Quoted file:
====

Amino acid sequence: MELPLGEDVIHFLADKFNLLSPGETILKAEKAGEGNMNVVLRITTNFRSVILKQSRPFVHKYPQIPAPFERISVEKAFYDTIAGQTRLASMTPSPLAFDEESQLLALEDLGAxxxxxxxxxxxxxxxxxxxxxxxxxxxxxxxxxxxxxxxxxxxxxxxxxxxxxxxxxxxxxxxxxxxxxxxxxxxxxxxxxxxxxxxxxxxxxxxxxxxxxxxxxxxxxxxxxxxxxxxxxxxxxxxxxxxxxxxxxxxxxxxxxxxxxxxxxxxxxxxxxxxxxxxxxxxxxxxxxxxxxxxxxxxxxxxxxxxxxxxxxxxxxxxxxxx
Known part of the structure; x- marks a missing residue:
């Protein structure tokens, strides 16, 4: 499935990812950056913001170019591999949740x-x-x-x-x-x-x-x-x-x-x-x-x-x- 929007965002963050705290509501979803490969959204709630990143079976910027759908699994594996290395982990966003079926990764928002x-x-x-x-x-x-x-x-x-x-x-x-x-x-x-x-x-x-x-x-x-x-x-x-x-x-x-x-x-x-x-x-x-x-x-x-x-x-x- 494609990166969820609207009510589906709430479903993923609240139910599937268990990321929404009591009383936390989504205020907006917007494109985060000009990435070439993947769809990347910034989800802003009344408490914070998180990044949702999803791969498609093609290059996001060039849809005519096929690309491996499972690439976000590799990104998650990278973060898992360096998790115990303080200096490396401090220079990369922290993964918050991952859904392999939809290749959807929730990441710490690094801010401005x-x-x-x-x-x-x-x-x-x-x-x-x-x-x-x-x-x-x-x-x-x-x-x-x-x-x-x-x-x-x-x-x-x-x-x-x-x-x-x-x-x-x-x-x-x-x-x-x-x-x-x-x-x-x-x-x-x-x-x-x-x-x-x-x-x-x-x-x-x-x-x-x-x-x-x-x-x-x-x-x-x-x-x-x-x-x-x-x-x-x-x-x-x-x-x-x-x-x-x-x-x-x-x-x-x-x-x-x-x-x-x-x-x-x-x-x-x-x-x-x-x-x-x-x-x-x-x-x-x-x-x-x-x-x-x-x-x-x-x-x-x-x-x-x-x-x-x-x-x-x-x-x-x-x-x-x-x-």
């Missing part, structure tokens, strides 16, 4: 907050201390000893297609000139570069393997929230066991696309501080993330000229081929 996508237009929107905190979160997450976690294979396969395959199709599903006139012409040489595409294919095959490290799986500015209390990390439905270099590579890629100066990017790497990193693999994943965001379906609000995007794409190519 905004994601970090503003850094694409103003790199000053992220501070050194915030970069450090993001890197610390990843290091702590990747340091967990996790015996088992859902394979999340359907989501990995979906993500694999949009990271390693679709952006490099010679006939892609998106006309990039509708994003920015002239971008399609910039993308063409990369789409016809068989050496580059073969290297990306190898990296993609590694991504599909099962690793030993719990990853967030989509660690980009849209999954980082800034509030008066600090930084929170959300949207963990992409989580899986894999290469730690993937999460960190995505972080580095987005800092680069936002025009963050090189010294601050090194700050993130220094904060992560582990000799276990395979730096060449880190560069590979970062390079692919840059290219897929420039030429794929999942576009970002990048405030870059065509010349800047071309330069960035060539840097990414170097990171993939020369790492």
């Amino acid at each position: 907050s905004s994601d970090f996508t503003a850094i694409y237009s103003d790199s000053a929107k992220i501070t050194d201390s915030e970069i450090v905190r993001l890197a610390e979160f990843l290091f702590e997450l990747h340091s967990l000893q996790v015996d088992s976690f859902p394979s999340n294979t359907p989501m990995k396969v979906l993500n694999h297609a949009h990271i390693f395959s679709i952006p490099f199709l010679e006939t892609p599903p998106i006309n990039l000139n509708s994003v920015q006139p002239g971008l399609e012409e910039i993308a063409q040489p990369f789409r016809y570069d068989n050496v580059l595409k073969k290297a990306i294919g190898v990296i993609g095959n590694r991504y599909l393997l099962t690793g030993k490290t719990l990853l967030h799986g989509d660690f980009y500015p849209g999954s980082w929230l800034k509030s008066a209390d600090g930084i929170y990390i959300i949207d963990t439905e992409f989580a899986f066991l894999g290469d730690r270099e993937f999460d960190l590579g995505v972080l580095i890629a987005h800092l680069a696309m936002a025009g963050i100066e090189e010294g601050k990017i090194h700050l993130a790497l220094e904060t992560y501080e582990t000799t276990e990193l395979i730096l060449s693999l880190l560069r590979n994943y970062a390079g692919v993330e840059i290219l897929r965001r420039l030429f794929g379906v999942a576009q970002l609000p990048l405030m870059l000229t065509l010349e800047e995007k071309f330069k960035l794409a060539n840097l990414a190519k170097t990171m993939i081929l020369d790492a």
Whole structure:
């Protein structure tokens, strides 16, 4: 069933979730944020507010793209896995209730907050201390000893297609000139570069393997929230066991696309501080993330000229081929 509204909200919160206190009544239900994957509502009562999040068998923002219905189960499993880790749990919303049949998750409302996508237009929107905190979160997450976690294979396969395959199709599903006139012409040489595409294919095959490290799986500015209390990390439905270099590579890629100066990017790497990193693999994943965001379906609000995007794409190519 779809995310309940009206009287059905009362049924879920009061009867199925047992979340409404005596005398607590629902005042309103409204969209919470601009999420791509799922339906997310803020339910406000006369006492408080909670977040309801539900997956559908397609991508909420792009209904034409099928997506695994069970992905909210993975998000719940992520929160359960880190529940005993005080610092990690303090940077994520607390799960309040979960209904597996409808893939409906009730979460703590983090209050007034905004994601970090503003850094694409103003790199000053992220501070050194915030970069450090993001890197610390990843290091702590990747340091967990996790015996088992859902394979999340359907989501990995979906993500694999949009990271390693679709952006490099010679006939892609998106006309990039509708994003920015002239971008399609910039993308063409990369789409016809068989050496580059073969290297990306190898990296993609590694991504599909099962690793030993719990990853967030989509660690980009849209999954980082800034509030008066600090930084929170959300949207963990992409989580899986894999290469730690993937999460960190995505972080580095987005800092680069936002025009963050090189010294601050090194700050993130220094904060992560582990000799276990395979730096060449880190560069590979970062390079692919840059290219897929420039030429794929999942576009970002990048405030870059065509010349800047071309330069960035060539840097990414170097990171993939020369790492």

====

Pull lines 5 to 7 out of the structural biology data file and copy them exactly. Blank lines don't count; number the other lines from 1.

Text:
């Amino acid at each position: 907050s905004s994601d970090f996508t503003a850094i694409y237009s103003d790199s000053a929107k992220i501070t050194d201390s915030e970069i450090v905190r993001l890197a610390e979160f990843l290091f702590e997450l990747h340091s967990l000893q996790v015996d088992s976690f859902p394979s999340n294979t359907p989501m990995k396969v979906l993500n694999h297609a949009h990271i390693f395959s679709i952006p490099f199709l010679e006939t892609p599903p998106i006309n990039l000139n509708s994003v920015q006139p002239g971008l399609e012409e910039i993308a063409q040489p990369f789409r016809y570069d068989n050496v580059l595409k073969k290297a990306i294919g190898v990296i993609g095959n590694r991504y599909l393997l099962t690793g030993k490290t719990l990853l967030h799986g989509d660690f980009y500015p849209g999954s980082w929230l800034k509030s008066a209390d600090g930084i929170y990390i959300i949207d963990t439905e992409f989580a899986f066991l894999g290469d730690r270099e993937f999460d960190l590579g995505v972080l580095i890629a987005h800092l680069a696309m936002a025009g963050i100066e090189e010294g601050k990017i090194h700050l993130a790497l220094e904060t992560y501080e582990t000799t276990e990193l395979i730096l060449s693999l880190l560069r590979n994943y970062a390079g692919v993330e840059i290219l897929r965001r420039l030429f794929g379906v999942a576009q970002l609000p990048l405030m870059l000229t065509l010349e800047e995007k071309f330069k960035l794409a060539n840097l990414a190519k170097t990171m993939i081929l020369d790492a």
Whole structure:
């Protein structure tokens, strides 16, 4: 069933979730944020507010793209896995209730907050201390000893297609000139570069393997929230066991696309501080993330000229081929 509204909200919160206190009544239900994957509502009562999040068998923002219905189960499993880790749990919303049949998750409302996508237009929107905190979160997450976690294979396969395959199709599903006139012409040489595409294919095959490290799986500015209390990390439905270099590579890629100066990017790497990193693999994943965001379906609000995007794409190519 779809995310309940009206009287059905009362049924879920009061009867199925047992979340409404005596005398607590629902005042309103409204969209919470601009999420791509799922339906997310803020339910406000006369006492408080909670977040309801539900997956559908397609991508909420792009209904034409099928997506695994069970992905909210993975998000719940992520929160359960880190529940005993005080610092990690303090940077994520607390799960309040979960209904597996409808893939409906009730979460703590983090209050007034905004994601970090503003850094694409103003790199000053992220501070050194915030970069450090993001890197610390990843290091702590990747340091967990996790015996088992859902394979999340359907989501990995979906993500694999949009990271390693679709952006490099010679006939892609998106006309990039509708994003920015002239971008399609910039993308063409990369789409016809068989050496580059073969290297990306190898990296993609590694991504599909099962690793030993719990990853967030989509660690980009849209999954980082800034509030008066600090930084929170959300949207963990992409989580899986894999290469730690993937999460960190995505972080580095987005800092680069936002025009963050090189010294601050090194700050993130220094904060992560582990000799276990395979730096060449880190560069590979970062390079692919840059290219897929420039030429794929999942576009970002990048405030870059065509010349800047071309330069960035060539840097990414170097990171993939020369790492």